It’s common for business owners to get frustrated that their bank account doesn’t seem to reflect their profits. It’s essential that you understand the difference between profit and cash, and why a high profit doesn’t necessarily result in more cash in your bank account, writes Brad Turville, director and business advisor at BJT Financial.
A profitable business can go out of business because it’s starved of cash. A business running at a loss can survive because it has access to funds from investors or financiers.
In other words, cash flow is every business’ reality.
Why your profits don’t match your cash flow
Don’t worry, you’re not alone!
The problem is that cash is simply never going to be the same as profit. Here are eight reasons why:
1. Tax/GST/Super payments
End of financial year (30 June) might have ticked by and your accountant has prepared your financial statements that shows Profit After Tax. But in this case, you might have many months before you need to pay the tax to the tax office. So the financials show the tax payable but you haven’t transferred that cash to the ATO yet.
Same with superannuation, it shows on your Profit & Loss Report as an expense every month but for many small businesses, you don’t pay until the end of the quarter.
As for GST, it doesn’t show on your Profit & Loss at all, so doesn’t affect your profit numbers, but it comes in and out of your bank account’s cash.
2. Asset purchases
If you purchase an asset for cash, such as a motor vehicle, office fit-out or bulldozer, this won’t affect your profit but by paying cash, it will reduce your bank balance.
You might be able to depreciate which I’ll cover off below.
3. Owner’s drawings
When you withdraw cash from your business for personal usage without properly accounting for it as a salary or wage, this will not show on your Profit & Loss as an expense, so won’t impact profit – but obviously, by taking cash you are reducing your business’ cash reserves.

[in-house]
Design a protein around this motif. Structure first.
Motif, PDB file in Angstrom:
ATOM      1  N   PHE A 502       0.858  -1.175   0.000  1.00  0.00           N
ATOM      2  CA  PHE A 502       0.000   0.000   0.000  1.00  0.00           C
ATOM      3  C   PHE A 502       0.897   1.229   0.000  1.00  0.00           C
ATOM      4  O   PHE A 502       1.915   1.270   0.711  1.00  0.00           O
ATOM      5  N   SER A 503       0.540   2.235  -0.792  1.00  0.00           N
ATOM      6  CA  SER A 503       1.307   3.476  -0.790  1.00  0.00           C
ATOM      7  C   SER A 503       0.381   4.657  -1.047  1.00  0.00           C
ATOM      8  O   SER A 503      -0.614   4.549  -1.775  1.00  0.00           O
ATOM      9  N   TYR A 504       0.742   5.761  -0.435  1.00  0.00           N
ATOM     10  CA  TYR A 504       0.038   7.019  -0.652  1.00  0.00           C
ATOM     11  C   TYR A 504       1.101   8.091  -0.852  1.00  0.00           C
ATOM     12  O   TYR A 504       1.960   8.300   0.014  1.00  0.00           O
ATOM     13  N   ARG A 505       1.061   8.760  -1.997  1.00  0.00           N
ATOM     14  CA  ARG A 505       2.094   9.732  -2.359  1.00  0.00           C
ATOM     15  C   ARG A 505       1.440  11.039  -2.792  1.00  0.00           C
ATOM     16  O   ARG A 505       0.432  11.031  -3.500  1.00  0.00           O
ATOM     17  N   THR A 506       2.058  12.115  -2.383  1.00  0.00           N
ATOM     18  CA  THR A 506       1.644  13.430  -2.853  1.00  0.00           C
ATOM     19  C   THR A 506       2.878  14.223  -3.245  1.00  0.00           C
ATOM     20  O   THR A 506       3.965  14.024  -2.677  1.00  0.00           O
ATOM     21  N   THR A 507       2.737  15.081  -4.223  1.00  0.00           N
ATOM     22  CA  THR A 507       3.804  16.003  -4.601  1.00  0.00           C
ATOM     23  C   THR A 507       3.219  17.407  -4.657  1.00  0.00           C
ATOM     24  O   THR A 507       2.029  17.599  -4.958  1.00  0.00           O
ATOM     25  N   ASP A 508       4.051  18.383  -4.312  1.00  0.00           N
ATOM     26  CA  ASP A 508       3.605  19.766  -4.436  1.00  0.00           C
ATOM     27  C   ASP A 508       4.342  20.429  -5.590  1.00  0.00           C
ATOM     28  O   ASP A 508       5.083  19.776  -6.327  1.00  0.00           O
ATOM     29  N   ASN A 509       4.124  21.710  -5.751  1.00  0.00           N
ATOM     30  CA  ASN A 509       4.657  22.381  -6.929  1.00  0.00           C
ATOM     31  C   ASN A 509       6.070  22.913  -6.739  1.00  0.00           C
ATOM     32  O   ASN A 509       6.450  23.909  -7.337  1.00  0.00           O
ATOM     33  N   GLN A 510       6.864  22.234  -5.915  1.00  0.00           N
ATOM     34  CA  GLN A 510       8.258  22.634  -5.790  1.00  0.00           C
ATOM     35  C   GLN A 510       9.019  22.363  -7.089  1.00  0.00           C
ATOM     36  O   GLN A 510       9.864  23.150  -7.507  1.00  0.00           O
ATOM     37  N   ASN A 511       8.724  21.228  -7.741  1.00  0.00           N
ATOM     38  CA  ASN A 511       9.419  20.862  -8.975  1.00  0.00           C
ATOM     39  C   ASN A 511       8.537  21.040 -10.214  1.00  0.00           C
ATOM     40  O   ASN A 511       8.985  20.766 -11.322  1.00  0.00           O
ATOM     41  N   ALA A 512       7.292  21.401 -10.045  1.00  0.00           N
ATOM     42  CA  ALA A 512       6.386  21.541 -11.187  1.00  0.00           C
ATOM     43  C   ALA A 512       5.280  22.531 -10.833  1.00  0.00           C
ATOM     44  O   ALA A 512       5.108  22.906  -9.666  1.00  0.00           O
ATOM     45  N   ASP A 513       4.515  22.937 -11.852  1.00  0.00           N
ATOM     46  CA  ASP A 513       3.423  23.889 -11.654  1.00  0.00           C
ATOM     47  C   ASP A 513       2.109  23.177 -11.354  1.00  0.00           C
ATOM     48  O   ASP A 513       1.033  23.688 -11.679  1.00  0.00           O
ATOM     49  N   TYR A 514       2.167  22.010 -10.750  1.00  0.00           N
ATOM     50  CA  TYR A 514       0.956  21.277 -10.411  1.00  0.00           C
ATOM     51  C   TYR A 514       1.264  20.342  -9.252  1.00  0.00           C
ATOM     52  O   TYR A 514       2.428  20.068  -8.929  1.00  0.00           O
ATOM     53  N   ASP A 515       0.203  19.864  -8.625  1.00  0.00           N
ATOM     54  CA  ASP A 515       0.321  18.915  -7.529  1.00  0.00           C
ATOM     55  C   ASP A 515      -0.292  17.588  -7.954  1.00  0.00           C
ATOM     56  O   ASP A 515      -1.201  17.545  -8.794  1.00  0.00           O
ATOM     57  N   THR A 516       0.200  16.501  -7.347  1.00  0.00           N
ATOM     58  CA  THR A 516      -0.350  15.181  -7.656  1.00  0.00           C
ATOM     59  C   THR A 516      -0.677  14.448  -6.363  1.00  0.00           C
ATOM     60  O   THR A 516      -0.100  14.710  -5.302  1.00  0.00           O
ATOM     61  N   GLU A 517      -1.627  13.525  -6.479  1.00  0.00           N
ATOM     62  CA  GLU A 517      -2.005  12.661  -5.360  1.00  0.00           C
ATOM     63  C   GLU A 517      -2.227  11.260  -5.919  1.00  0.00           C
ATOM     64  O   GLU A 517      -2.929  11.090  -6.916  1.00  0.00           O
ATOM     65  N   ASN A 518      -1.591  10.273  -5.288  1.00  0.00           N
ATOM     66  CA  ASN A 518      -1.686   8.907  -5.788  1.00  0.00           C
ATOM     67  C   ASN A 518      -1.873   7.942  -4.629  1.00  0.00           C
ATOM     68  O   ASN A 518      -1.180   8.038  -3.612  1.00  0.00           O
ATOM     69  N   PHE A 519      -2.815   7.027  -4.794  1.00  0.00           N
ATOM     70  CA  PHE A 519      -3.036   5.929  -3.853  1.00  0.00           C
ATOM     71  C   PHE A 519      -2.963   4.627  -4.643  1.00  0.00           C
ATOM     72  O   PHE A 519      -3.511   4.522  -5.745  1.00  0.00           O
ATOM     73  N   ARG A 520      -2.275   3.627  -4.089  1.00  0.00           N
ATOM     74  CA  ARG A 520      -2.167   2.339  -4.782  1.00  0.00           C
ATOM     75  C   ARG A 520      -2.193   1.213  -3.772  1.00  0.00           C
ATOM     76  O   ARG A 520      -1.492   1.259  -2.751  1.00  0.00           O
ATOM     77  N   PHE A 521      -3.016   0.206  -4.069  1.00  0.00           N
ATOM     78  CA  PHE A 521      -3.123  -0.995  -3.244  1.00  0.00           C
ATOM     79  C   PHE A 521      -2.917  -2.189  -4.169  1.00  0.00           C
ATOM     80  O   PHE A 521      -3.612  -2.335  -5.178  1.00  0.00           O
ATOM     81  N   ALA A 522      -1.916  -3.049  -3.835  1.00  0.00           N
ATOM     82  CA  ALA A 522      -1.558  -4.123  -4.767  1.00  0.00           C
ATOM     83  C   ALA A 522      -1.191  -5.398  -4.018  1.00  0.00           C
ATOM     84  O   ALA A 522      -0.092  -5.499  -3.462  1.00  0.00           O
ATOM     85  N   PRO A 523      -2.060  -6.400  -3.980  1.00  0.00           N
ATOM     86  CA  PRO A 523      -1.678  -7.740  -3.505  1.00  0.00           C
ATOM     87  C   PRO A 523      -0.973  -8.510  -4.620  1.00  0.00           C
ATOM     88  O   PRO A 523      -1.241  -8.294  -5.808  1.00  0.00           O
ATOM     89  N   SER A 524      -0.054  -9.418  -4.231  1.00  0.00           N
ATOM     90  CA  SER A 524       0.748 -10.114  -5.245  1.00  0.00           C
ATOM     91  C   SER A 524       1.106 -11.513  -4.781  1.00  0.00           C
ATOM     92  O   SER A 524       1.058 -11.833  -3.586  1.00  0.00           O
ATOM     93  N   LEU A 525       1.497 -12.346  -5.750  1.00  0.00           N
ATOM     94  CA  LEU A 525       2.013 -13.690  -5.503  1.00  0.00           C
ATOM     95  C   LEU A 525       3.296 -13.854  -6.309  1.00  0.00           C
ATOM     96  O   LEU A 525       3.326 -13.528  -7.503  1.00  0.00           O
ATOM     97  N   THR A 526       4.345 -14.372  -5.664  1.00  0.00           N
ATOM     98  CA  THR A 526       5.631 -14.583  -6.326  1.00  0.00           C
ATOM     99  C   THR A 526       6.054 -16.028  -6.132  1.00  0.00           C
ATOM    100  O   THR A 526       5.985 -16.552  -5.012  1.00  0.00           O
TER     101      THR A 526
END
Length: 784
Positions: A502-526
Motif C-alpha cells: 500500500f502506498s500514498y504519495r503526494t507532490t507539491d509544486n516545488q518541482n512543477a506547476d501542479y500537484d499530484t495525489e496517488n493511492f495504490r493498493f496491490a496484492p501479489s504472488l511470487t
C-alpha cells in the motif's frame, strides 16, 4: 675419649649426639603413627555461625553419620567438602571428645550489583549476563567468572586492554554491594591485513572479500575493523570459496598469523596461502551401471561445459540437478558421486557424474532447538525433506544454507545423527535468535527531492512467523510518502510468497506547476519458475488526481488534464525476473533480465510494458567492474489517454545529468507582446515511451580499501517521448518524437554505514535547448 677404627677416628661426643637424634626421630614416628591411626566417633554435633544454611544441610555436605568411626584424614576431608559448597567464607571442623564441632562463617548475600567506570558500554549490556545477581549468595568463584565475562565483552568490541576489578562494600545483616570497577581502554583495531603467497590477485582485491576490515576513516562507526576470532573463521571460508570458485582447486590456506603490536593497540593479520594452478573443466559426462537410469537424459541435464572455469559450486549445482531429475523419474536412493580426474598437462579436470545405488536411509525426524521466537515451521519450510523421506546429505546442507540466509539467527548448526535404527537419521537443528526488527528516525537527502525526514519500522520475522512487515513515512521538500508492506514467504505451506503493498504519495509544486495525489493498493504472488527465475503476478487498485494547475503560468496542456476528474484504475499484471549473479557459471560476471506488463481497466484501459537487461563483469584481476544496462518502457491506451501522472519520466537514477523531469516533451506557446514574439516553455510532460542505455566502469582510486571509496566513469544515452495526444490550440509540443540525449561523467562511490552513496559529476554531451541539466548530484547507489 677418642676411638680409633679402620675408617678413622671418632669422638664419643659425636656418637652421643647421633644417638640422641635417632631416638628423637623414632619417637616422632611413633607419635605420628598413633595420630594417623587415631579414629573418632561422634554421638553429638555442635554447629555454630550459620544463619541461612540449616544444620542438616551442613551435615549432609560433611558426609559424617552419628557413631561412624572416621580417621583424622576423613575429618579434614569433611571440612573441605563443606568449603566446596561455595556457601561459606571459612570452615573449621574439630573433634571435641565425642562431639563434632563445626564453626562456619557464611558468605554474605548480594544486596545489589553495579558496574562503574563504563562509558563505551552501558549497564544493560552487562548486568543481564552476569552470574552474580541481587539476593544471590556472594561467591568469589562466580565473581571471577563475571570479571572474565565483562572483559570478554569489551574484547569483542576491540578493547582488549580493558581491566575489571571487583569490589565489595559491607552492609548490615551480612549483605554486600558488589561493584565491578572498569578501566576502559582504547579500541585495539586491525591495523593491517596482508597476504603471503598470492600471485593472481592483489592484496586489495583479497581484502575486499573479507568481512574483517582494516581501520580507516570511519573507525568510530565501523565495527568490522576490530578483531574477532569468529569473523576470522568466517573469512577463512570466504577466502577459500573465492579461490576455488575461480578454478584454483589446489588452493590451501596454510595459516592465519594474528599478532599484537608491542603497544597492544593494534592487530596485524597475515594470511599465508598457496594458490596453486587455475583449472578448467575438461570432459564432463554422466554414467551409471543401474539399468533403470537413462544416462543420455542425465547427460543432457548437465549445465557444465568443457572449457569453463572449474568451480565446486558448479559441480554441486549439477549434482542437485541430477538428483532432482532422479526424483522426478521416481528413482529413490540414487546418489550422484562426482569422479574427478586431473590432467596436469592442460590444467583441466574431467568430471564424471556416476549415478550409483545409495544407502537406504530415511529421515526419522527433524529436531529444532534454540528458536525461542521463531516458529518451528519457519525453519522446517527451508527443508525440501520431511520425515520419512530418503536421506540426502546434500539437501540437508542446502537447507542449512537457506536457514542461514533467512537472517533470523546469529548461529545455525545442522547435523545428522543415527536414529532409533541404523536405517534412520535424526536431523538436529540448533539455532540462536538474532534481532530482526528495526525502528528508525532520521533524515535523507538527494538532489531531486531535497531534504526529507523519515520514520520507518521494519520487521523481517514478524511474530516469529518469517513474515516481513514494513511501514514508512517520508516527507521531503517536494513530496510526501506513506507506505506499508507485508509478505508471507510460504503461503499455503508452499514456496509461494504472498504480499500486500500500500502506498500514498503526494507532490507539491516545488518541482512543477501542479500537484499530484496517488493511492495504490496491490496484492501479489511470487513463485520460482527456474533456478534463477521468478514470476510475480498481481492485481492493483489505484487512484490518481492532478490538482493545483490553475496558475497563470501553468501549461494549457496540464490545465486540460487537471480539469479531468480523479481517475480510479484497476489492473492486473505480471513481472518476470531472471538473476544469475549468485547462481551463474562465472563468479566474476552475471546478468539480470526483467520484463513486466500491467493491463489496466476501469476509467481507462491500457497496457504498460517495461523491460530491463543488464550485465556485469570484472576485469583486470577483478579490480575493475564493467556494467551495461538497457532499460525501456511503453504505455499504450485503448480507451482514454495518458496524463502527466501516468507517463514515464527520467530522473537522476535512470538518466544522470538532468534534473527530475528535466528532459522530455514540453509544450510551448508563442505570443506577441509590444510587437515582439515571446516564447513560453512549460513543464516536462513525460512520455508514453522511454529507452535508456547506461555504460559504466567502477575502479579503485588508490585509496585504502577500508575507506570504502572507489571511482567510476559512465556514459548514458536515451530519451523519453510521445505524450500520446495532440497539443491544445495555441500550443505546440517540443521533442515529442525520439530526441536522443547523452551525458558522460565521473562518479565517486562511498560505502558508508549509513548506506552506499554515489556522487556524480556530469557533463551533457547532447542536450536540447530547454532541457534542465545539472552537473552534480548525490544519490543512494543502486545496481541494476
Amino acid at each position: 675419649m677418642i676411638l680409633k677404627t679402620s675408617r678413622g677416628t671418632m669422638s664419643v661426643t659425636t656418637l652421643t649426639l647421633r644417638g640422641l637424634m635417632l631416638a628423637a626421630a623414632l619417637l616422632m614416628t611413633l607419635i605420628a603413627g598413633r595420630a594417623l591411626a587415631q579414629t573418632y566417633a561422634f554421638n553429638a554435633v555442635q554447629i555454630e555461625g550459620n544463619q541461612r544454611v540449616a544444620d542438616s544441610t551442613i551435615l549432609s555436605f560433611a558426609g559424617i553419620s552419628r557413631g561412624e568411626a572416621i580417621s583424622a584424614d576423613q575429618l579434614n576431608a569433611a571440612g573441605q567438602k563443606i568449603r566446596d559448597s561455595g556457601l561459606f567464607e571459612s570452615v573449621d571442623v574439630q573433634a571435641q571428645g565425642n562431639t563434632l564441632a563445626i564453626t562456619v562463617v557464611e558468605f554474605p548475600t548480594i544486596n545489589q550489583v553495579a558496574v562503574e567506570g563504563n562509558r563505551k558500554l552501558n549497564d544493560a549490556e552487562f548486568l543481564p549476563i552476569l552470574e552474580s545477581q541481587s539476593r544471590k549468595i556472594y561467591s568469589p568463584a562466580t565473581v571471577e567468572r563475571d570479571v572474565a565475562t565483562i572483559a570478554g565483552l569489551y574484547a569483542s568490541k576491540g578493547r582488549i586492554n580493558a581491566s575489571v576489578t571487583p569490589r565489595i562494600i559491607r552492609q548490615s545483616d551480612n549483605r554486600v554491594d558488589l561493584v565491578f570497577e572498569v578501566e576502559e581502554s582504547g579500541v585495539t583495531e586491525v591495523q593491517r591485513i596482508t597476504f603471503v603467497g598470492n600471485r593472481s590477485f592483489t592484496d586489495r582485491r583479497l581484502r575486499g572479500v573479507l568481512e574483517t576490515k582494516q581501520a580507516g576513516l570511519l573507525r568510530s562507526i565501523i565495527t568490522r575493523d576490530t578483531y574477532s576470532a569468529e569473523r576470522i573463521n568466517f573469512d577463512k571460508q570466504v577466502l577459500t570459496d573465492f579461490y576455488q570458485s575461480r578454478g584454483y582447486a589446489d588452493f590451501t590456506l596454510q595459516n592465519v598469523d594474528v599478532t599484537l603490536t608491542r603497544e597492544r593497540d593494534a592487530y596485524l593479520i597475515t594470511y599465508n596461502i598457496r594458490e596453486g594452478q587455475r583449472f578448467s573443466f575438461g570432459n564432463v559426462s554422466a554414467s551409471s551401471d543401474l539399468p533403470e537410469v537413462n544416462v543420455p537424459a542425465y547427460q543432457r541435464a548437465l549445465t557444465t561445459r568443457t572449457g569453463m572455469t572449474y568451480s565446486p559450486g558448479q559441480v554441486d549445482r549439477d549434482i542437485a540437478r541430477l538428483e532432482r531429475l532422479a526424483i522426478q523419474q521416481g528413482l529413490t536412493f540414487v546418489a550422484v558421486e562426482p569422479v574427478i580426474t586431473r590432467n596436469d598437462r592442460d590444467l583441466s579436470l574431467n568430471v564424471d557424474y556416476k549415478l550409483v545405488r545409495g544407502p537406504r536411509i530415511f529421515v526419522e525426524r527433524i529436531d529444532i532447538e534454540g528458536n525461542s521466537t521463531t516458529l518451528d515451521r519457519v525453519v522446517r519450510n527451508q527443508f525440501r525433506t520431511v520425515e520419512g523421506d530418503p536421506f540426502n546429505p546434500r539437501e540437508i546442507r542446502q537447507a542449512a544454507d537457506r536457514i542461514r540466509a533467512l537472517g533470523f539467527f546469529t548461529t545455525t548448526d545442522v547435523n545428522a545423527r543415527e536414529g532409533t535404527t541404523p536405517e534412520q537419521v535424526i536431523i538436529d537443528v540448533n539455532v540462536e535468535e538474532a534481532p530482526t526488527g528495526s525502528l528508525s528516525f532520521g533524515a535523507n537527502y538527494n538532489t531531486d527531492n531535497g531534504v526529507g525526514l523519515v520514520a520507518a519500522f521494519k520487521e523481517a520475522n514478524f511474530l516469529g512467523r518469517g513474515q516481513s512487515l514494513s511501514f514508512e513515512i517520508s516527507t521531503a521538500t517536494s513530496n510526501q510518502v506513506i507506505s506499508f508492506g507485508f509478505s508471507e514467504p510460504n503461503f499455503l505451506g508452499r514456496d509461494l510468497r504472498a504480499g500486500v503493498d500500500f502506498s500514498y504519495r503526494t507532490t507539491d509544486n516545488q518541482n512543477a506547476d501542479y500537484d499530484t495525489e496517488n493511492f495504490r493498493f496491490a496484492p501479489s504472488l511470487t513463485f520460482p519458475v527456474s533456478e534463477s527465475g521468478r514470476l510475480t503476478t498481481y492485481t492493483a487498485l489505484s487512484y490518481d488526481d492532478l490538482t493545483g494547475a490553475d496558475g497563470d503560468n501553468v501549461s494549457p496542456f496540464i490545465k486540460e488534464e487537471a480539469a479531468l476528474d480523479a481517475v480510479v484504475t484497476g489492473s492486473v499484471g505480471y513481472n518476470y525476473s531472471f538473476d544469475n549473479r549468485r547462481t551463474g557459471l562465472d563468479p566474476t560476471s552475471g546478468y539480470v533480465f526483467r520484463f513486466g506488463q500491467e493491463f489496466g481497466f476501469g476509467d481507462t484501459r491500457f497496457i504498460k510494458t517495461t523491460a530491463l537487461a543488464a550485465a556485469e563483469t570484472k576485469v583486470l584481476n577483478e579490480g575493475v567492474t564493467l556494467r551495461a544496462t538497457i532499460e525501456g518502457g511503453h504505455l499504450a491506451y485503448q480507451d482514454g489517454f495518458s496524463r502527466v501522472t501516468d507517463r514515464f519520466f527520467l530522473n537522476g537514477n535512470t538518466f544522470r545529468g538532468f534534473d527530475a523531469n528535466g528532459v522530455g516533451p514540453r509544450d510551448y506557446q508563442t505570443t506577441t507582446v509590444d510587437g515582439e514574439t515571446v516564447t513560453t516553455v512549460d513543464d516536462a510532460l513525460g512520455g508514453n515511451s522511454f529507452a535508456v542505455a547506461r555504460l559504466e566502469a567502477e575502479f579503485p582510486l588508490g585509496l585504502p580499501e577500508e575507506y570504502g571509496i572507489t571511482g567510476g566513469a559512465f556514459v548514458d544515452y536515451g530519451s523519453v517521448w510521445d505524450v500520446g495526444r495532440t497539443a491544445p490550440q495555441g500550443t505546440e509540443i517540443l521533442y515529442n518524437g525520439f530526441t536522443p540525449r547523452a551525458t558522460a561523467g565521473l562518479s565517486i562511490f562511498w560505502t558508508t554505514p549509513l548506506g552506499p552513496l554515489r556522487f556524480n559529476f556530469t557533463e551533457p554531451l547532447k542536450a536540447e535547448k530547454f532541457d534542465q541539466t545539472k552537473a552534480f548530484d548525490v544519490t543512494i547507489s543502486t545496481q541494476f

4. Changes to debtors
The revenue on your Profit & Loss will increase as you send out more and more invoices. But this doesn’t guarantee that your customers are actually paying them quickly.
For example, if you send an invoice for $5,000 it will show an extra $5,000 revenue this month, but the customer might not pay for 90 days. So there is a timing difference between revenue showing on Profit & Loss and changing your profit, and actually receiving the cash from the customer.
5. Changes in inventory or work in progress
Your Profit & Loss Report records what inventory or work in progress has been consumed in the sales you’ve made. If you are holding excess or obsolete inventory, that is essentially cash tied up on the shelf in a warehouse.
The same goes with WIP, the more regularly you invoice it out, the quicker you turn it into cash.
6. Changes to creditors
As with debtors, your Profit & Loss Report records the expenses you’ve incurred during the period. If you haven’t yet paid some of these expenses, your profit will be lower but your cash will be higher.
So if you receive an invoice today for $400, it will show as a $400 expense on your Profit & Loss, but you might not pay the supplier for 45 days – at which point you then transfer the cash.
7. Loan repayments
Many loan repayments are made up of principal and interest components, but only the interest component is an expense showing on your Profit & Loss Report.
Which means that if you make monthly loan repayments of $2,750 (where $750 is interest and $2,000 is principal), your bank balance will reduce by $2,750 for the payment you make, but your profit will only go down by $750 for the interest expense you pick up.
Depreciation is the write-down of an asset’s value over its effective useful life. That means you can pick up an expense on your Profit & Loss and show a reduced asset holding value on your balance sheet, but no cash has changed hands – it is simply an accounting entry.
You could relate it to buying a new sports car – the day you drive it off the showroom floor, it starts losing value.
The key is to work with your accountant to review and understand why these amounts are different, identify areas where cash is being tied up, and build strategies to access improved cash flow.
The most successful businesses I work with have a concise and actionable Business Plan and a Cash Flow Forecast for at least the next 12 months. We then regularly review their numbers each month/quarter to keep the business on track, manage cash and make better business decisions.
These, I believe, are the foundations of good business management.
This article originally appeared on Kochie’s Business Builders, read the original here.
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